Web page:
She believes that the students making these comments on Fizz should be held accountable because their comments affect people’s lives as users hide behind Fizz’s anonymity to spread hate and create an unsafe environment on campus.

“Imagine if students had to sign in to Fizz and have their real names displayed every time they posted,” she said. “No one would be posting all of these hateful comments.” 

In the comment section of Fairfield BSU’s Instagram post, Rachelle Brunn-Bevel Ph.D., Chair of Sociology and Anthropology and Associate Professor of Black Studies noted Fizz’s similarity to Yik-Yak. 

“I had to Google what Fizz was. This sounds very similar to commentary on Yik-Yak during and after a peaceful protest led by students of color in response to Eric Garner’s murder several years ago,” she commented. 

Seenauth also notes the similarity between responses to the Black Stages Matter Walk and the responses to the “ghetto party” in 2016. She continued, “Folks took to Yik Yak at the time to share their ignorance on another anonymous platform.”

Additionally, the Black Studies department at Fairfield shared their response to such acts of hate on Instagram as well.  

“The power and audacity of a march: to be forced to see that racism lives and thrives on a college campus in 2023, to disrupt the narratives of racial tranquility.” 

Their post then touches upon the fact that the walk—which focused on the power of students’ voices and experiences—incited such negative responses. 

“In laughter, friendship and comradery, Black students, Black staff, Black faculty and faculty of color and their allies in their Black t-shirt walked from one spot to the next, telling stories of their experiences and their truths somehow incited negativity,” @blackstudiesfairfieldu on Instagram wrote. 

The Black Studies Department continued to note the resemblance between the responses that the walk garnered from students on Fizz and the responses that the removal of the Black Lives Matter flag last year garnered: 

“This march and this response suggest that silence is complicity. Like the Black Lives Matter flag, the march made some folks uncomfortable, perhaps exposed. And yet … and yet this was only an assembly of people … walking … no official demands were made. If anything, it was expected that the campus bear[s] witness, and in return, some have behaved badly.” 

Seenauth attributes the comments on Fizz to a lack of empathy and a lack of education on one’s implicit biases.

“As Fairfield’s student body is made up of wealthier individuals who identify as white and don’t have to think the way underrepresented students do, when things like this are posted I always tell myself, these people just haven’t educated themselves on their unconscious biases and unfortunately haven’t addressed the way they’ve been socialized,” stated Seenauth.

Marchese echoed Seenauth’s sentiments, and when asked if Marchese believes that these posts reflect the views of the larger student body as a predominately white institution, Marchese stated no and then touched upon the silence of white people on campus in regard to social justice:

 “I think it is more telling how silent white people on campus have been, especially when it isn’t ‘trendy’ to join a movement.” 

Ingram also challenges students who espouse racist ideologies and asks “those who wake up every day with racist ideologies to think about what they gain from making negative comments to a group of people. Where does your insecurity lie? How does it make you a better person? Why are you so hurt that a community that faces constant oppression is being uplifted? And last but not least, What if you were being targeted simply for the color of your skin?”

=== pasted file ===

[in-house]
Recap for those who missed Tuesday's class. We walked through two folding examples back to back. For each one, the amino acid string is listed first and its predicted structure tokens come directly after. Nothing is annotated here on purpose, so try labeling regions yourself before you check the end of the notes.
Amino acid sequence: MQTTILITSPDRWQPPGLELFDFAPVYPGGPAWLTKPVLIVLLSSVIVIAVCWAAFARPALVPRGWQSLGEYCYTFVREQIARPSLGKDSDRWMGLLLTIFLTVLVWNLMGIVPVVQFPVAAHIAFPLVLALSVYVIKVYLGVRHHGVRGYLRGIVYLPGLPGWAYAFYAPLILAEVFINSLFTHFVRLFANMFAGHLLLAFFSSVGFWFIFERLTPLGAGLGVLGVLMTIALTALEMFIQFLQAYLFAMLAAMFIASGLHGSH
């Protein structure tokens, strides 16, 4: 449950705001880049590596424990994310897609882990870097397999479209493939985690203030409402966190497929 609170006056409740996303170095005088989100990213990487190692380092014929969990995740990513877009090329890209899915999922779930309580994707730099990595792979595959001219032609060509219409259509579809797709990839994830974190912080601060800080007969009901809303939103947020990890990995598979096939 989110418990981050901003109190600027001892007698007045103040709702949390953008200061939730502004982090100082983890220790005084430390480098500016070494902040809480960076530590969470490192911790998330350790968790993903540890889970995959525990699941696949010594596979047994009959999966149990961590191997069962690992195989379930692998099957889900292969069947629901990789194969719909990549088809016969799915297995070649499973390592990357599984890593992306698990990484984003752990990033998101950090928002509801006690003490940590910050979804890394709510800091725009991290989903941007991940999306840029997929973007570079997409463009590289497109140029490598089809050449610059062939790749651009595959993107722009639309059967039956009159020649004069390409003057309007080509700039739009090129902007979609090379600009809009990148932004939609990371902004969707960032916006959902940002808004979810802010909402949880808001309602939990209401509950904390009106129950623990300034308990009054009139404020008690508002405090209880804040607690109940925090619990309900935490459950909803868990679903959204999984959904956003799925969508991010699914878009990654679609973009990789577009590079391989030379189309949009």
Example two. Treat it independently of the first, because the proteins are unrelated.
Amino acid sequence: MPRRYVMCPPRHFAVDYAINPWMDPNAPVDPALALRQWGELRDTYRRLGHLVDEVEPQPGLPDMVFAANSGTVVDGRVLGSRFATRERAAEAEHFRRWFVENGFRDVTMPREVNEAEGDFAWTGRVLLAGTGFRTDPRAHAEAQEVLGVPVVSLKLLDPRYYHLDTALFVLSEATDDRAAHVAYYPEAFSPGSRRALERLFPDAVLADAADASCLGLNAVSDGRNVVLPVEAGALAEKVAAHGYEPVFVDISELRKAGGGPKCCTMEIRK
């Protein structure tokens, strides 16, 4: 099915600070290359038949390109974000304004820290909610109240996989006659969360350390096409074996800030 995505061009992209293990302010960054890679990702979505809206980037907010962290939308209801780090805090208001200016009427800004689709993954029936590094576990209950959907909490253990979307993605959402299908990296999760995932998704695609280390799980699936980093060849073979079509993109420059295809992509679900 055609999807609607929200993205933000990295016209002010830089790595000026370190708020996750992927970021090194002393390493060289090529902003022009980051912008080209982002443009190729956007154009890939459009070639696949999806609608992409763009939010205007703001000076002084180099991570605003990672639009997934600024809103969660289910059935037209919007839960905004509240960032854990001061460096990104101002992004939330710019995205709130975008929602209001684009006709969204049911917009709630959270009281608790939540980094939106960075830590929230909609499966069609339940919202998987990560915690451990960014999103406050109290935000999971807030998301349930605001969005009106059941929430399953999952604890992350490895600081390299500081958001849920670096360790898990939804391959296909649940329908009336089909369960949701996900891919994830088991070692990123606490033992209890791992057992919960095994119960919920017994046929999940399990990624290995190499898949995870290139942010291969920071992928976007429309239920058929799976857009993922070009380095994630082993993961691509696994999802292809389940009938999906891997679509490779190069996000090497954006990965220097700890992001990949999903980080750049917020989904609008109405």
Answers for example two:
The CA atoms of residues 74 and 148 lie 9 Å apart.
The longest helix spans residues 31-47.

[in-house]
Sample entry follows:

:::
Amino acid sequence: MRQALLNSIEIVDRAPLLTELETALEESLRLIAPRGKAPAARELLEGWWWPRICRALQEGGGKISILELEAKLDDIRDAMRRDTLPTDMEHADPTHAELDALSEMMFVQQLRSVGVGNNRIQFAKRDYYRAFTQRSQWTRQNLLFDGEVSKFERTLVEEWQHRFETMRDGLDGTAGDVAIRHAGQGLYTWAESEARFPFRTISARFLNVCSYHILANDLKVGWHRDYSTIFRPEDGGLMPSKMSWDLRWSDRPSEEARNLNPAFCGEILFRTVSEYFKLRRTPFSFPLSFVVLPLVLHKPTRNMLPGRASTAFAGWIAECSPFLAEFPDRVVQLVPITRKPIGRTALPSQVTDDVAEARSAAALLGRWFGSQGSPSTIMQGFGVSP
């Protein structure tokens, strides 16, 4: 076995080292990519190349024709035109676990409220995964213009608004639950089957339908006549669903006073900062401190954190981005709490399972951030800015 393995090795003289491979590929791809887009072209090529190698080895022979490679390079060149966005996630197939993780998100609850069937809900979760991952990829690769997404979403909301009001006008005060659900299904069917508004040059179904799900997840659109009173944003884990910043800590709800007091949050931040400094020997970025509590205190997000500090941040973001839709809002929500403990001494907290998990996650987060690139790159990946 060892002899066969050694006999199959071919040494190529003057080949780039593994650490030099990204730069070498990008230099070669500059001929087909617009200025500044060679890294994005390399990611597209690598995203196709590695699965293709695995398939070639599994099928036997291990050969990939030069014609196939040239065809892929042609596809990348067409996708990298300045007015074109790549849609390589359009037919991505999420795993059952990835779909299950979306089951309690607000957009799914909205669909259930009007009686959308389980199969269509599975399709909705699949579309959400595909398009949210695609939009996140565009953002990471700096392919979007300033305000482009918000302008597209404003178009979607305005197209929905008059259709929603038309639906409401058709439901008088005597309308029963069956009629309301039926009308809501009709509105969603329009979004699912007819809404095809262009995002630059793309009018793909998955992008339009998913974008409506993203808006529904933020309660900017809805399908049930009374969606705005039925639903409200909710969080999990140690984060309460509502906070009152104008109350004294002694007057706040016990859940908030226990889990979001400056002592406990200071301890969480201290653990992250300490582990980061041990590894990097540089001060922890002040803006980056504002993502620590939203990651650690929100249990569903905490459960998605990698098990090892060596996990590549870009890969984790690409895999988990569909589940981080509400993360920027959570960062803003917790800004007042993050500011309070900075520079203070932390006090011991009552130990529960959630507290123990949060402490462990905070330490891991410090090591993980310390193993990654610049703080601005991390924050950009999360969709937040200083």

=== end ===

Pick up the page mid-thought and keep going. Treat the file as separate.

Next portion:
Marchese then expressed the necessity for white people to not only challenge their biases through education but also to join the movements. 

“White people have to realize that they need to be a part of the movements to make campus safer for all of our communities. Stop putting the work solely onto the communities being targeted. Do research, educate yourself and speak out when your friends or strangers are acting out of ignorance. Stop being complacent,” they finished. 

Student unions on campus are a part of the movement and continue to show their support for the black community on campus as they condemn the comments on Fizz. 

The Latinx Student Union issued a statement to The Mirror regarding the recent hate online and noted that hate on campus does not only affect Black students but the entire student body. 

“The Latinx Student Union condemns all acts of racism, microaggressions and insensitivity towards the Black community. We stand in unity with the community of color on campus, as these issues severely impact all of us.”

In regards to the walk, Marchese states that “the central theme of the event was one of community.” And that “community goes beyond people like those that wrote on Fizz who are scared of a world in which all people are loved. Their ignorance and hate will never stop movements of love.” 

They continued, “It was beautiful to see how many people around campus came together for the event and I know that love will always triumph over injustice and hate.” 

Seenauth affirms that the “Black Stags Matter Walk was a success this year and it is not going anywhere. We will continue implementing this walk as it is clear that many do not understand its purpose and need.” She then states that “the remarks being said on Fizz represent the exact reason we have events like this.” 

Seenauth encourages her white peers to come out to more DEI-related FUSA events in the future to educate themselves and “to challenge their thoughts, learn more about real-world issues and momentarily walk in the shoes of a Black and Brown student.” 

She leaves us with a question: “At a Jesuit University like ours, social justice is at the forefront, and if the majority of our students are not advocates in this journey, how modern of a university really are we?”

A correction was made on April 26, 2023

An earlier version of this article referred to Vice President of Student Life, Karen Donaghue ’03 in regards to a comment on Fizz. Dean of Students, William Johnson PhD. is the one who made those comments.